African Americans are trapped in the artificial identity of the Negro

We must free ourselves and our children from the resulting violence

Atum Azzahir
Atum Azzahir

I visited the W.E.B. Dubois center in Ghana West Africa in 2003. Mr. Dubois, who died at age 95 in 1963, was spiritually alive and present in the space. I felt his energy. I saw him sitting before me.

He was teaching his course on reconnecting our identity to an African-ness before and beyond the American experiment and before the creation of “Negro.” He spoke from his understanding of The Souls of Black Folk: “It is a peculiar sensation, this double consciousness, this sense of always looking at one’s self through the eyes of others, of measuring one’s Soul by the tape of a world that looks on in amused contempt and pity. One ever feels his twoness, an American, a Negro; two warring ideals in one dark body whose dogged strength alone keeps it from being torn asunder.”

I heard him call out to us across generations. As a way to begin to emancipate the souls of Black folks, let us not send our children to school to be taught the values of Humanity. Let’s take them to school as an extension of the education we begin as the first teachers in the home. Let’s become a witness and protector of our children’s God-given genius, in school and outside of school.

The African in America is suffering a cultural amnesia, resulting in a paralysis in identification. This condition developed by having been forced into looking at him and herself through the eyes of others.fighting

Ancestor DuBois describes “two waring ideals in one dark body whose dogged strength alone keeps it from being torn asunder.” His description speaks to the anxiety, the fear, the conflicted state of mind that is widespread in us as a community.

Our individual as well as collective personality has been labelled schizophrenia. The diagnosis of bi-polarism has also been widely attached to the warring personalities inside each dark body of the African in our homes and our communities.

The levels of violence among and between us may be traced to the competing realities which constantly lead us to create cataclysmic encounters within our own sacred spaces and intimate relationships. In the American experiment we are trapped inside of the artificial identity of the Negro, and we must free ourselves.

According to the Oxford English Dictionary (2nd edition, 1989:305), the term “Negro” was first used as a description of the Ethiopian in 1555. Under the name Ethiopian, the Greeks included all Black people. The word “Negro” is an invention of the Greek mind.

The Oxford Dictionary states: “The Negro is an individual (especially a male) belonging to the African race of mankind, which is distinguished by a black skin, tightly-curled hair and a nose flatter and lips thicker and more protruding than is common amongst the white Europeans.” (Vol. X, 1989:304)

It is not excessive to suggest the use of this definition of the term “Negro,” combined with the stereotyped characteristics of the dark body, was a way to solidify a core chapter in racial thought intended to inflict intellectual, symbolic and physical violence against the African. We have mimicked what was done to us by using demeaning terms to describe each other, cursing our children, slapping each other including our children, whipping as a means of punishment. The harmful labelling and naming of ourselves with names designed to keep us subjugated and below the human scales of balance is woven into popular American linguistics.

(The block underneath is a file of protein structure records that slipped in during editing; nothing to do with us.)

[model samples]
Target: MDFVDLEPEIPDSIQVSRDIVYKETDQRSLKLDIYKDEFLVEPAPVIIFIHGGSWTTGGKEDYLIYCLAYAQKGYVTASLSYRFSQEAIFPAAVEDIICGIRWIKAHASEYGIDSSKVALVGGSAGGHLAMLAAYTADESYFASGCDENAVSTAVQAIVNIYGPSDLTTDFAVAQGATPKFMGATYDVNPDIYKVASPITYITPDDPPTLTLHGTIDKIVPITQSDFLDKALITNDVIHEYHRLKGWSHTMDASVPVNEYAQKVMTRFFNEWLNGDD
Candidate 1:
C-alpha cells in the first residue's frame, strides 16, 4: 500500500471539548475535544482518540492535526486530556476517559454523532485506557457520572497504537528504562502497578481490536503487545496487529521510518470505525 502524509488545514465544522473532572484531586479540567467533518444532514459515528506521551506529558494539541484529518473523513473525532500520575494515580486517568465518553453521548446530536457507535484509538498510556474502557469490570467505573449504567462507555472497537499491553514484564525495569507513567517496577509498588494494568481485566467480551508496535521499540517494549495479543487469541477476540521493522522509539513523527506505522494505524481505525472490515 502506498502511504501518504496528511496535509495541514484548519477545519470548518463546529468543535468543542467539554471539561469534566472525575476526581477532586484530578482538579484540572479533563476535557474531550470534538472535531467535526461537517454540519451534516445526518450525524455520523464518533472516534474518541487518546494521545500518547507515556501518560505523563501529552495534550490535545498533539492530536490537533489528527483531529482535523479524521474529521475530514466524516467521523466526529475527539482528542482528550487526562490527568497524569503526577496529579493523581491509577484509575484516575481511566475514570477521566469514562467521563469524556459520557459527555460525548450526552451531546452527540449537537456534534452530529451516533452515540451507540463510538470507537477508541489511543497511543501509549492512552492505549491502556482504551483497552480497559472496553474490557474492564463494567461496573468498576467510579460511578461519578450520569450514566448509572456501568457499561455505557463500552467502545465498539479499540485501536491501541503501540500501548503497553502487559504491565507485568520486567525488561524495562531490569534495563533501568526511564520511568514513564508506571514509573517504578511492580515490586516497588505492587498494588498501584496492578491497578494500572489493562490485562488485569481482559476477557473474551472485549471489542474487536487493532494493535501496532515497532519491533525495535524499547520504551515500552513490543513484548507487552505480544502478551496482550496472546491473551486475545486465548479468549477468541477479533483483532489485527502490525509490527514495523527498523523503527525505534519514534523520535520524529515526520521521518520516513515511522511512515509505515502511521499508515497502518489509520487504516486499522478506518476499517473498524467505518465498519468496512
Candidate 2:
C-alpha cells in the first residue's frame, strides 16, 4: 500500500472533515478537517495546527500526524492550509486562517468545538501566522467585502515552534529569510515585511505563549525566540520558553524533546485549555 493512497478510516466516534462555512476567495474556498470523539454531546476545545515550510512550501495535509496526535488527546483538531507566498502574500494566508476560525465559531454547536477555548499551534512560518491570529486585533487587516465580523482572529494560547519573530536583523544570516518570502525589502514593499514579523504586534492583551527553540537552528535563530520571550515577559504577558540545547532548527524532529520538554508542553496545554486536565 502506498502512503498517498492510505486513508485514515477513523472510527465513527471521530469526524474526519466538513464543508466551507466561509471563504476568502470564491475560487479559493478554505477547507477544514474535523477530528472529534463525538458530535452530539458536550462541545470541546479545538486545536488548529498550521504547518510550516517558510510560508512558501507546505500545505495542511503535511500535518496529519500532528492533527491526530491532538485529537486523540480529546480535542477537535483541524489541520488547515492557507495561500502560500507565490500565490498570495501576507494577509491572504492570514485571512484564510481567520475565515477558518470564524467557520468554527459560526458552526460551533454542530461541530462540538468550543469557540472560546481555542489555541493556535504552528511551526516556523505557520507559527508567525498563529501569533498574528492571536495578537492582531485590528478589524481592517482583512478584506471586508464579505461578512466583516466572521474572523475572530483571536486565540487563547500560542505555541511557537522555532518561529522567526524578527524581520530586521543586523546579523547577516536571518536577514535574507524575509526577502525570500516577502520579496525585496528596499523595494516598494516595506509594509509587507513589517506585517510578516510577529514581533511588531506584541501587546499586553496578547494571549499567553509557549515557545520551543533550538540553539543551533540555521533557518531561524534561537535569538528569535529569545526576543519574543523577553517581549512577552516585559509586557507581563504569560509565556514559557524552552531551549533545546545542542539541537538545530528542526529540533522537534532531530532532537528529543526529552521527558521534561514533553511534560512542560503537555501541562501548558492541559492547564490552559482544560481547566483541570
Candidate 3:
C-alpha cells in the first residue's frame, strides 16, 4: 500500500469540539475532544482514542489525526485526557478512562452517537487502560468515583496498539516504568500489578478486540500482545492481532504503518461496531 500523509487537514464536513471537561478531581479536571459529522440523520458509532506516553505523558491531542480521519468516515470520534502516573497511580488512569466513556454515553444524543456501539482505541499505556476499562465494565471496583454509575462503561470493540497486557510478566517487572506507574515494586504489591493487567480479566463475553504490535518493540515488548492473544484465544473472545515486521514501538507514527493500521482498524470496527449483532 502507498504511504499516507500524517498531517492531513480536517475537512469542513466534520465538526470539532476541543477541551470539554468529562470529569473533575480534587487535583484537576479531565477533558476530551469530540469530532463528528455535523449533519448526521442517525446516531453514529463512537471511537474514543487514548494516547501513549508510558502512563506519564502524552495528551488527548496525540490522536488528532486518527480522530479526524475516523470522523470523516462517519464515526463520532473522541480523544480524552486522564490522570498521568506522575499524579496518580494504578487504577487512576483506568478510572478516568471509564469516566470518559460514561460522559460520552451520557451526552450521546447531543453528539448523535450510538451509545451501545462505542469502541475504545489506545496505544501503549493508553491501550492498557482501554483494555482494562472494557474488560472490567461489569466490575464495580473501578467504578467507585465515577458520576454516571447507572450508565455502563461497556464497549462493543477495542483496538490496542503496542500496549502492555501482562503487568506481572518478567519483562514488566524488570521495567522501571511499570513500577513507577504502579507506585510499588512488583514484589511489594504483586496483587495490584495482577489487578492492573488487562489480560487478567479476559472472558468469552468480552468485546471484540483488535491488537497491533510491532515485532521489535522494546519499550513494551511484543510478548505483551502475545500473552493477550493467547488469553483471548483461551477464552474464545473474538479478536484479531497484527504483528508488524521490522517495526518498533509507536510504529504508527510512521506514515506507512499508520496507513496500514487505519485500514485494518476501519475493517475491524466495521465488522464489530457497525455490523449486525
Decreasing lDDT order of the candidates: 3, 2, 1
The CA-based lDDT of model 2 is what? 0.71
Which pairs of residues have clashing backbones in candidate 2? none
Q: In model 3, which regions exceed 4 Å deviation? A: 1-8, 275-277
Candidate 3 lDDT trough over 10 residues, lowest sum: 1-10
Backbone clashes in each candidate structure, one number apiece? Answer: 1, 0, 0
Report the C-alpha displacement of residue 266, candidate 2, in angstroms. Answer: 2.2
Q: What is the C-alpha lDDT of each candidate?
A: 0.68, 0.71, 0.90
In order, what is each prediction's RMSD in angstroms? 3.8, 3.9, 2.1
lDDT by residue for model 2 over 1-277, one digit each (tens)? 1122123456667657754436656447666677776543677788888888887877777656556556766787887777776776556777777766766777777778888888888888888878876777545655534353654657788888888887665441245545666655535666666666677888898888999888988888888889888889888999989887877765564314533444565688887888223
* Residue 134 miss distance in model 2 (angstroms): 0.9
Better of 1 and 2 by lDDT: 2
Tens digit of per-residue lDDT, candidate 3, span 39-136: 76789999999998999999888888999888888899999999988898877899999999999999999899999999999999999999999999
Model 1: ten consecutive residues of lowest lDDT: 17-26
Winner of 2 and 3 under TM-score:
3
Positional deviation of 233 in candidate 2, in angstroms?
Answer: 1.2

Black parents, grandparents, cultural activists and thought leaders, to emancipate the image of us as Black people from enslavement, cannot escape the shared obligation we have to the children. Parents of African children are not single parents. We each are obligated to take up parenting as a call to action by our creator and the ancestors of the first time.

To begin the emancipation, stop the violence inside the bedrooms and living rooms of our homes. Violence of any kind hurts children, even when they are not direct victims.

National research shows that in about half of reported domestic violence incidents, children are present. In about 80 percent of these cases, children directly see or hear the violence.

Witnessing high levels of violence can have lifelong effects on a child’s cognitive, emotional, and social development. For example, adults who witnessed domestic violence as children are more likely than others to have relationship difficulties and emotional problems.

Children younger than six are at higher risk than older children for directly witnessing domestic violence. There is a general belief that infants and young children are less affected than older children by seeing or hearing violent conflict. However, research shows that exposure to domestic violence affects even very young children.

  • Some effects can be seen as early as infancy: One-year-olds who have been exposed to domestic violence are more disturbed than other babies when they hear adults arguing.
  • Children under three who witness violence toward a family member are at increased risk for psychological problems.
  • Cognitive development can also be affected: Children exposed to high levels of domestic violence in early childhood have IQs at age five that are up to eight points lower than those of other children.

Stop and listen to our Ancestors — “How are the children?” They are well only if we are well. Hotep


Atum Azzahir is the elder and founder of the Cultural Wellness Center in Minneapolis.